- All-Fiber, Q-Switched Laser Generates 1.8 mW
A team of scientists at the University of Science and Technology of China in Hefei has designed and demonstrated an all-fiber, Q-switched laser. High-power, single-frequency oscillation is obtained with a ring resonator, which eliminates the standing waves that burn holes in conventional resonators.
In their experiments, the researchers obtained an average power of 1.8 mW at 1557 nm from the setup when the ring and seed lasers were pumped with 40 mW and 30 mW, respectively. The pulse duration was less than 500 ns, and the Q-switched pulse repetition frequency was 800 Hz. The spectral linewidth of the pulses measured 25 MHz.
Recently, high-power fiber lasers have become commercially successful and promise to be even more so as the technology matures. High-energy Q-switched fiber lasers in particular have applications in nonlinear optics, distributed sensing, lidar and laser rangefinding. Until now, however, they have employed crystal Q-switches, which display significant insertion losses and introduce coupling losses. Single-frequency oscillation also is desirable for some applications, but forcing a single longitudinal mode to oscillate in a conventional resonator causes spatial hole burning and a corresponding reduction in output power.
The layout of the new laser is shown in the accompanying figure. The ring resonator is the loop on the left side of the diagram. The structure on the right is the Q-switch -- a fiber Mach-Zehnder interferometer -- the upper arm of which is wrapped around a piezoelectric transducer. Depending on the phase change induced by the transducer, constructive or destructive interference occurs within the interferometer. If destructive, little light is returned to the ring, and the Q-switch discourages laser oscillation; if constructive, light returns to the ring, and the ring laser can oscillate at high power.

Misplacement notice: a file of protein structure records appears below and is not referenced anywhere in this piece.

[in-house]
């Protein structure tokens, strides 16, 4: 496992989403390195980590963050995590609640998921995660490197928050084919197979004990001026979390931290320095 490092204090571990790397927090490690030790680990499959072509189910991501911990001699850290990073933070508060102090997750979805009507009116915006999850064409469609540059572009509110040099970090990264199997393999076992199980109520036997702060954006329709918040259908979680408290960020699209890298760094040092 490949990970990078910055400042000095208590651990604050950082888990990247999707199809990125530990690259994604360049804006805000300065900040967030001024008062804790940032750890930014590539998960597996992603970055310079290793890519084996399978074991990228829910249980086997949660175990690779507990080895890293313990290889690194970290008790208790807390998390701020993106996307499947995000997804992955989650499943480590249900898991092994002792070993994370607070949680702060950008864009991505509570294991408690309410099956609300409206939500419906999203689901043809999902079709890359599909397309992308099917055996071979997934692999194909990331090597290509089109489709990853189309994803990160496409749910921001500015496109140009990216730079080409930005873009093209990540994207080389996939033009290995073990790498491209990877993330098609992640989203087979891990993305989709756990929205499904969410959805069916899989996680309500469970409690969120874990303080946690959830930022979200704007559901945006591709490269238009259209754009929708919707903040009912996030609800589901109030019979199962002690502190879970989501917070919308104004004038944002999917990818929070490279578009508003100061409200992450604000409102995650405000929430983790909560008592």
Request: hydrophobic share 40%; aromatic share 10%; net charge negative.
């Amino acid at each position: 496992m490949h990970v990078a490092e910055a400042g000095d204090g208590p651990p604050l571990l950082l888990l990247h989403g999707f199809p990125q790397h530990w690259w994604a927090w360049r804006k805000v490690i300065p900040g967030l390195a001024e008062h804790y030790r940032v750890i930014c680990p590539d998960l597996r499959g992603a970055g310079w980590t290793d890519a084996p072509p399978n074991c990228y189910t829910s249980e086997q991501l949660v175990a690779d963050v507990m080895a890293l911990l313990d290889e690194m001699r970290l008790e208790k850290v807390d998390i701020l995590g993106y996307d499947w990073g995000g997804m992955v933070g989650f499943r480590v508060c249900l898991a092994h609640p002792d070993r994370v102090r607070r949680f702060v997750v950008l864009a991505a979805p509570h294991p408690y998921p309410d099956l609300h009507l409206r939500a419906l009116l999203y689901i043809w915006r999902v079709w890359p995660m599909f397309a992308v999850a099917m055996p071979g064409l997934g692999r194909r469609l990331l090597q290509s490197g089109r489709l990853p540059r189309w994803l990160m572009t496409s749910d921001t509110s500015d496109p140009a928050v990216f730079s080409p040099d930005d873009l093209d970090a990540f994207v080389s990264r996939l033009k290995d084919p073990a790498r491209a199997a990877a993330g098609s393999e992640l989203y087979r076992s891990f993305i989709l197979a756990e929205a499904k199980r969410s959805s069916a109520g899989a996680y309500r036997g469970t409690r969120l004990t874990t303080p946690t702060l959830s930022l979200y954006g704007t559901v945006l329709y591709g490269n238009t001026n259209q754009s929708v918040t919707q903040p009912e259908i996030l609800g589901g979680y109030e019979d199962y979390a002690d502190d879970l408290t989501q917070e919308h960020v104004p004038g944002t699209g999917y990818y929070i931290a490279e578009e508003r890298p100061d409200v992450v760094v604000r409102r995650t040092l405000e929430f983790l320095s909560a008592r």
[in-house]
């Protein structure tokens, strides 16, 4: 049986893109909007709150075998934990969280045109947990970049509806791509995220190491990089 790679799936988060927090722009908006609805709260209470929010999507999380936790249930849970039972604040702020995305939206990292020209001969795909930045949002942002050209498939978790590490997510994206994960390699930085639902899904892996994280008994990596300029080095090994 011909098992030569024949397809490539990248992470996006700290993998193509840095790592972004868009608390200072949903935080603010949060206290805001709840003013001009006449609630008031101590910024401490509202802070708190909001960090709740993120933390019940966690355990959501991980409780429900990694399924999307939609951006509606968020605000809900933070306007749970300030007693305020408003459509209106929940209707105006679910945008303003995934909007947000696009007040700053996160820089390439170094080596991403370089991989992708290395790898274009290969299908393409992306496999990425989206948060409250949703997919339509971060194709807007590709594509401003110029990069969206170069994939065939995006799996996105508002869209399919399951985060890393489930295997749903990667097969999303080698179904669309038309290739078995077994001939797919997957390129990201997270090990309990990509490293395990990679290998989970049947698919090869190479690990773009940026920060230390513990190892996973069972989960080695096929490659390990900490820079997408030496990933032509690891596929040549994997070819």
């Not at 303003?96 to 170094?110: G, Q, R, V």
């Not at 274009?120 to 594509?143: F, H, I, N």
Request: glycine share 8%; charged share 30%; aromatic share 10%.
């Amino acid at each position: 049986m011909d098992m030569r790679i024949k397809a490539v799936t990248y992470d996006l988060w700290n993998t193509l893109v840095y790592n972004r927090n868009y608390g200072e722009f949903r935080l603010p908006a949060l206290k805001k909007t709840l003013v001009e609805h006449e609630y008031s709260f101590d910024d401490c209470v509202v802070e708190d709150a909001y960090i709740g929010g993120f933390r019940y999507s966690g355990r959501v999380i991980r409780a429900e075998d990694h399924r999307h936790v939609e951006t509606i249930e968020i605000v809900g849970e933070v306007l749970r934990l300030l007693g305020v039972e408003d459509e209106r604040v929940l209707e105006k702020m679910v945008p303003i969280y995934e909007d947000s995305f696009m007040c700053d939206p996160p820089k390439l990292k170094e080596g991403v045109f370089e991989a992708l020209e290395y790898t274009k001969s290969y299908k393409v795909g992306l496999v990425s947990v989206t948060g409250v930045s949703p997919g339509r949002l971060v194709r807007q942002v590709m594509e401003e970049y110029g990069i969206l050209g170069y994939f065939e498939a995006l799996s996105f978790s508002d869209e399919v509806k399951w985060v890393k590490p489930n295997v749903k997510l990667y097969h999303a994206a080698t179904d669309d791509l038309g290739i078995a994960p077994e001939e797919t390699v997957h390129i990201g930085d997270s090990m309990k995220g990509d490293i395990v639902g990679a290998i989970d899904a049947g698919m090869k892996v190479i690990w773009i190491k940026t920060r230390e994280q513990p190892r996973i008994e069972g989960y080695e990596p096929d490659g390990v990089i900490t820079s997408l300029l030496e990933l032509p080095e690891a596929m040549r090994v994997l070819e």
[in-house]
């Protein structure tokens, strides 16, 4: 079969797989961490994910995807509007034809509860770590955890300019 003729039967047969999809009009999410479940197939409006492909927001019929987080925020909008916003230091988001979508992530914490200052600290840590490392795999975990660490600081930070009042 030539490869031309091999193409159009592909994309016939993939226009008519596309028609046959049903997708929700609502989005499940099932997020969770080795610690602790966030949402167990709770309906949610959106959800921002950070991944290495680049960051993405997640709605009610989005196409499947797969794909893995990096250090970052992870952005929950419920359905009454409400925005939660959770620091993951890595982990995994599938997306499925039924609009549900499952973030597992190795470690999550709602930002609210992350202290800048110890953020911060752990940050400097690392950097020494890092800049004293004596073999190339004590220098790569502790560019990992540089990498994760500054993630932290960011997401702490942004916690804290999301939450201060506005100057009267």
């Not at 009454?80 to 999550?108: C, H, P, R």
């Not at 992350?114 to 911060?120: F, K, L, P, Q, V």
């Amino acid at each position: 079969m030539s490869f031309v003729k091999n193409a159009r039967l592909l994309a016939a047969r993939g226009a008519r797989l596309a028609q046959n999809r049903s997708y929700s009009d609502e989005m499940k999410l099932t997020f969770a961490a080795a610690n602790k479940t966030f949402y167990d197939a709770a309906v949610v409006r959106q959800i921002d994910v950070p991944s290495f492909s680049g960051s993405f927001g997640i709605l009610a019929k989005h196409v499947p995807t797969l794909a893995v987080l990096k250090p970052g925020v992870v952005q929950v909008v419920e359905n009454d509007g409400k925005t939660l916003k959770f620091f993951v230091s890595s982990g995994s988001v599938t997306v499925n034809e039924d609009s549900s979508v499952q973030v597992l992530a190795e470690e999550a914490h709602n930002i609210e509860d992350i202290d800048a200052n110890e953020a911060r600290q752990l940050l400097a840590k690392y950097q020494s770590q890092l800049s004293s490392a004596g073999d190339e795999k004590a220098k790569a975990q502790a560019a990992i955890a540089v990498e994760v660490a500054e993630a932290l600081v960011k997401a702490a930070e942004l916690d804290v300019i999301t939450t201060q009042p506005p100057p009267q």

A small linear-resonator fiber laser (pictured in the upper right corner of the ring, between the distributed Bragg reflectors) is pumped with a 980-nm laser diode. The effective length of the resonator is 3 cm, and it oscillates in a single longitudinal mode. The narrow-bandwidth photons from this laser act as seeds to force the ring laser into a single frequency.
An all-fiber, Q-switched laser incorporates a ring resonator to yield high-power, single-frequency oscillation while eliminating the standing waves that burn holes in conventional resonators.
The ring laser, which is pumped with a 1480-nm laser diode, oscillates weakly in a single mode, even when the Q-switch is "off." When the Q-switch turns "on," this single mode quickly builds amplitude until it saturates the gain and no other mode can oscillate.
The several centimeters of fiber in the seed laser are doped with erbium at a concentration of 700 parts per million, while the 4-m fibers in the ring laser are doped at 280 parts per million. The optical isolator ensures single-direction oscillation around the ring, and the polarization controller guarantees that the correct polarization is oscillated. Output from the ring is obtained with the 30 percent coupler.
MORE FROM PHOTONICS MEDIA